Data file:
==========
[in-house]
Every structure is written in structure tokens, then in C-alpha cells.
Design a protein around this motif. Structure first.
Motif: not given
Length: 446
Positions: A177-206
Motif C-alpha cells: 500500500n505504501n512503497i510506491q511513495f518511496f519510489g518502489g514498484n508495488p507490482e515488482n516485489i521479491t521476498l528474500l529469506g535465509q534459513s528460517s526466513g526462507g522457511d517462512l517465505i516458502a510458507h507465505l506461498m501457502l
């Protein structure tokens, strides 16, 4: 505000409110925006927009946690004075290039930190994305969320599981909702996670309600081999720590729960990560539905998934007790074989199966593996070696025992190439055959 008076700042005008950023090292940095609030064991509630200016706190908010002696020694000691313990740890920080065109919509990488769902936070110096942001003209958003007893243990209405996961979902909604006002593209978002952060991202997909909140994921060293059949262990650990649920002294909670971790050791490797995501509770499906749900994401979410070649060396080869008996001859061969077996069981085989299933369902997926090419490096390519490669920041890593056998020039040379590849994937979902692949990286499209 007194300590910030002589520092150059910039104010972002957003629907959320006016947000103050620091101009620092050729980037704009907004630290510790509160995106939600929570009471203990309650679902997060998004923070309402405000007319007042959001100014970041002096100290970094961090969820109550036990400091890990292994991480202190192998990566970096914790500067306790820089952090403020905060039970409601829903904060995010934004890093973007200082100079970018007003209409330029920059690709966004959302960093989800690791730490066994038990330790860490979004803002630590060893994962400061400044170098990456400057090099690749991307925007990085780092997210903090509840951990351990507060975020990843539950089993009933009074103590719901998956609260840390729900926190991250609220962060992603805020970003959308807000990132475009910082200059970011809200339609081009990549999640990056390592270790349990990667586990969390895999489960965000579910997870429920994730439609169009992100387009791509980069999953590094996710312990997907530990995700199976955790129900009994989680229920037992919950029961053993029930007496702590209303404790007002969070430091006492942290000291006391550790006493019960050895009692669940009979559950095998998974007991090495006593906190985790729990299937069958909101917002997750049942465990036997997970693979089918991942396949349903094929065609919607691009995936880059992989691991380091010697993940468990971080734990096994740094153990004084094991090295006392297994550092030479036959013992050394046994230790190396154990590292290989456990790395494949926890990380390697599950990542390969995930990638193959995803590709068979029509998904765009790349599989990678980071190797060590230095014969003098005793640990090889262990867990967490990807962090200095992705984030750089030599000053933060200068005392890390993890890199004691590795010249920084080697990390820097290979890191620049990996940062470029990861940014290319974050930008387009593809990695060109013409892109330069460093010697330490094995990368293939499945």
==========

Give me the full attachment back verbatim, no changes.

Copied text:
[in-house]
Every structure is written in structure tokens, then in C-alpha cells.
Design a protein around this motif. Structure first.
Motif: not given
Length: 446
Positions: A177-206
Motif C-alpha cells: 500500500n505504501n512503497i510506491q511513495f518511496f519510489g518502489g514498484n508495488p507490482e515488482n516485489i521479491t521476498l528474500l529469506g535465509q534459513s528460517s526466513g526462507g522457511d517462512l517465505i516458502a510458507h507465505l506461498m501457502l
């Protein structure tokens, strides 16, 4: 505000409110925006927009946690004075290039930190994305969320599981909702996670309600081999720590729960990560539905998934007790074989199966593996070696025992190439055959 008076700042005008950023090292940095609030064991509630200016706190908010002696020694000691313990740890920080065109919509990488769902936070110096942001003209958003007893243990209405996961979902909604006002593209978002952060991202997909909140994921060293059949262990650990649920002294909670971790050791490797995501509770499906749900994401979410070649060396080869008996001859061969077996069981085989299933369902997926090419490096390519490669920041890593056998020039040379590849994937979902692949990286499209 007194300590910030002589520092150059910039104010972002957003629907959320006016947000103050620091101009620092050729980037704009907004630290510790509160995106939600929570009471203990309650679902997060998004923070309402405000007319007042959001100014970041002096100290970094961090969820109550036990400091890990292994991480202190192998990566970096914790500067306790820089952090403020905060039970409601829903904060995010934004890093973007200082100079970018007003209409330029920059690709966004959302960093989800690791730490066994038990330790860490979004803002630590060893994962400061400044170098990456400057090099690749991307925007990085780092997210903090509840951990351990507060975020990843539950089993009933009074103590719901998956609260840390729900926190991250609220962060992603805020970003959308807000990132475009910082200059970011809200339609081009990549999640990056390592270790349990990667586990969390895999489960965000579910997870429920994730439609169009992100387009791509980069999953590094996710312990997907530990995700199976955790129900009994989680229920037992919950029961053993029930007496702590209303404790007002969070430091006492942290000291006391550790006493019960050895009692669940009979559950095998998974007991090495006593906190985790729990299937069958909101917002997750049942465990036997997970693979089918991942396949349903094929065609919607691009995936880059992989691991380091010697993940468990971080734990096994740094153990004084094991090295006392297994550092030479036959013992050394046994230790190396154990590292290989456990790395494949926890990380390697599950990542390969995930990638193959995803590709068979029509998904765009790349599989990678980071190797060590230095014969003098005793640990090889262990867990967490990807962090200095992705984030750089030599000053933060200068005392890390993890890199004691590795010249920084080697990390820097290979890191620049990996940062470029990861940014290319974050930008387009593809990695060109013409892109330069460093010697330490094995990368293939499945």